The Cost Of Using Power To Intimidate Change

Crucial Accountability teaches two core concepts. Safety and power. Safety creates an environment where it is possible to talk about almost anything with anyone. Power encourages us to speak up when it doubt. Power also causes us to avoid confrontation, if we believe the other person won’t care we shrink away from the conversation.

Intimidating change

I once watched an individual that had a concern with her senior manager. The manager was abusive and constantly referred to people as morons and imbeciles in public settings. When I talked to the staff member about whether or not she was going to confront the manager, she responded, “Absolutely, I am!”.

Nobody else had previously considered doing this. Why? Because of power. The boss was more powerful than they were.

I also know of a staff member who complained regularly about their CEO. They said when the CEO had concerns with them, he would belittle and insult the staff.

These were senior level staff members, far into their careers, yet when the CEO was disappointed with them, he would drag them into his office and berate them. Why? Because he believed that putting them down would intimidate change.

The cost of using power to intimidate change is that it violates relationships.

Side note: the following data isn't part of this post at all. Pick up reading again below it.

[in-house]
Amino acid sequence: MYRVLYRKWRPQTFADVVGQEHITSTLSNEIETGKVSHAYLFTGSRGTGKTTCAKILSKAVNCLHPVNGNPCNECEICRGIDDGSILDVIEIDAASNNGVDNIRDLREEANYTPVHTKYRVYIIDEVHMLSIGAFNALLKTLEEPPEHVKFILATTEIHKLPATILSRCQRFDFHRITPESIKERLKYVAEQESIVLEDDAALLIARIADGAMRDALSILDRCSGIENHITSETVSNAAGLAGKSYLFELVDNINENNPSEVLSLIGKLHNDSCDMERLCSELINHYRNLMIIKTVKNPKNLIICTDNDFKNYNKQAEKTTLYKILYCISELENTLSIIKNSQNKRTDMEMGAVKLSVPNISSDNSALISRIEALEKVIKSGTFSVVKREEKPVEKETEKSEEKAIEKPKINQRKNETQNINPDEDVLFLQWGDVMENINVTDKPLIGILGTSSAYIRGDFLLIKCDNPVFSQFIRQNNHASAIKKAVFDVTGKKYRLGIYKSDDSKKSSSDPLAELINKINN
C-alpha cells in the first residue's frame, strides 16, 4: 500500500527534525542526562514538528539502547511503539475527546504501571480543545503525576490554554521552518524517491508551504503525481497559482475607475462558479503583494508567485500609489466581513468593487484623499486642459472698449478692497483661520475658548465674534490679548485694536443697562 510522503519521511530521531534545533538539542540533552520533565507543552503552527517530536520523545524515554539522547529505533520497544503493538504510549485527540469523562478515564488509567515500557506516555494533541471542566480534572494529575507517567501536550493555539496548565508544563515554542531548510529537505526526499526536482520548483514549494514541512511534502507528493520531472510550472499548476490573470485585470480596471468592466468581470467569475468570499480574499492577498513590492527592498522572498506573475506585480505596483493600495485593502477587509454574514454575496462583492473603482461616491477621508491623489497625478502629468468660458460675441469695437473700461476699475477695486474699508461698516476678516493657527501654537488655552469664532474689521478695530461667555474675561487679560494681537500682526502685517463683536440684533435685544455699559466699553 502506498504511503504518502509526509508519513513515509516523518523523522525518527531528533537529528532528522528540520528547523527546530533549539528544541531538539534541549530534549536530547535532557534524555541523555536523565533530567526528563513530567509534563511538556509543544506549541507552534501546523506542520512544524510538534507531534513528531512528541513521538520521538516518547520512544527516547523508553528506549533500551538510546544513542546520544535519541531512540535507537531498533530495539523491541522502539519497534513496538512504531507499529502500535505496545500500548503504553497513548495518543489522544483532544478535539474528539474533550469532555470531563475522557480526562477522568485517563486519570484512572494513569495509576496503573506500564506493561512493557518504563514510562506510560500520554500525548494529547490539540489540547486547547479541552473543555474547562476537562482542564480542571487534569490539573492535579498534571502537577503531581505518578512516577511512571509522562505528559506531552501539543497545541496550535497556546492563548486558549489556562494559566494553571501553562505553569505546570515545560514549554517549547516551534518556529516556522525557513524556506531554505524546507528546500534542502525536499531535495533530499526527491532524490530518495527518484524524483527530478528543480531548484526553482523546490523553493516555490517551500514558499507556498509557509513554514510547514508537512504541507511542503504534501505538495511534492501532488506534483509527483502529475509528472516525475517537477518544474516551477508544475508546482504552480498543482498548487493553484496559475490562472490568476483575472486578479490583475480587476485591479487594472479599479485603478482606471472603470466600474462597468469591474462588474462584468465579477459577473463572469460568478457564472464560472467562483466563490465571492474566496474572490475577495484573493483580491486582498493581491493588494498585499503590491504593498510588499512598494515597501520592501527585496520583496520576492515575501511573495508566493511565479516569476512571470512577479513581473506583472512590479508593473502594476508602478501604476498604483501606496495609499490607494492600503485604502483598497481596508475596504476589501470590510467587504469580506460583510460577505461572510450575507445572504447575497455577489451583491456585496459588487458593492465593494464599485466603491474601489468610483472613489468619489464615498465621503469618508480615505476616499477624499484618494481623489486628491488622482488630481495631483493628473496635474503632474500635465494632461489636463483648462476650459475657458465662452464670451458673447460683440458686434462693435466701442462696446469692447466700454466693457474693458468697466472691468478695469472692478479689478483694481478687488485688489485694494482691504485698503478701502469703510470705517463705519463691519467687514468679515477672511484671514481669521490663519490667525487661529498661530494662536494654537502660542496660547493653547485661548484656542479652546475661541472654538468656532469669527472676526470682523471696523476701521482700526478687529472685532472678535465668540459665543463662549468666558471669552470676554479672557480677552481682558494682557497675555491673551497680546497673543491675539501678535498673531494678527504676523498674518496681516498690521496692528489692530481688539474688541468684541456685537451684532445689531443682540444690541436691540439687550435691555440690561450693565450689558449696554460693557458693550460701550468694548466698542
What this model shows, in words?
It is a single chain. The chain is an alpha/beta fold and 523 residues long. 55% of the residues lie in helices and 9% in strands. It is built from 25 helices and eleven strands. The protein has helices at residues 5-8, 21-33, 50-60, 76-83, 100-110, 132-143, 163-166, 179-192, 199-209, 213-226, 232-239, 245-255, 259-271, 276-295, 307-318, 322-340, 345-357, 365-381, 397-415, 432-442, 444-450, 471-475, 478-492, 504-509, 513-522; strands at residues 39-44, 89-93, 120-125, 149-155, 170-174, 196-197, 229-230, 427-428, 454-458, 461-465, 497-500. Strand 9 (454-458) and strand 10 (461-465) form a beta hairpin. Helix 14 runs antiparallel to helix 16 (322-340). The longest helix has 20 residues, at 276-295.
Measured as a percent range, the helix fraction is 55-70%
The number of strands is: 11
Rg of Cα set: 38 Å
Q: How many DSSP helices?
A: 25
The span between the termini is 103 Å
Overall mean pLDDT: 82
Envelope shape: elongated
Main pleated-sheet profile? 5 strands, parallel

A friend of mine described a bad weekend he recently had. He and his wife both travelled a lot in their work. When they came home one Friday evening, he was hoping that they’d be able to spend some quality time together – cuddle on the couch and watch a movie. The problem was that she was standoffish and distant.

When he asked her if they could spend some time together, and she rebuffed him. He replied “Well, thank you very much, ice queen.”

I asked what his goal had been in saying that. He said that in the insanity of the moment, he hoped it would bring her around. When I asked him if it worked, he replied, “Not particularly well.”

No surprise there!

When we invoke power – when we try to coerce or intimidate to bring people around – we provoke resistance. We actually cause them to resist the very change we want. We also violate the relationship, and this causes our relationships to suffer.

If you ever think you lack the power to have a crucial confrontation, that very thought is the problem. We’ve found that those who are best at accountability almost never use their power to try to motivate change.
Learn to hold tough conversations and others accountable. Download the first chapter of Crucial Accountability.
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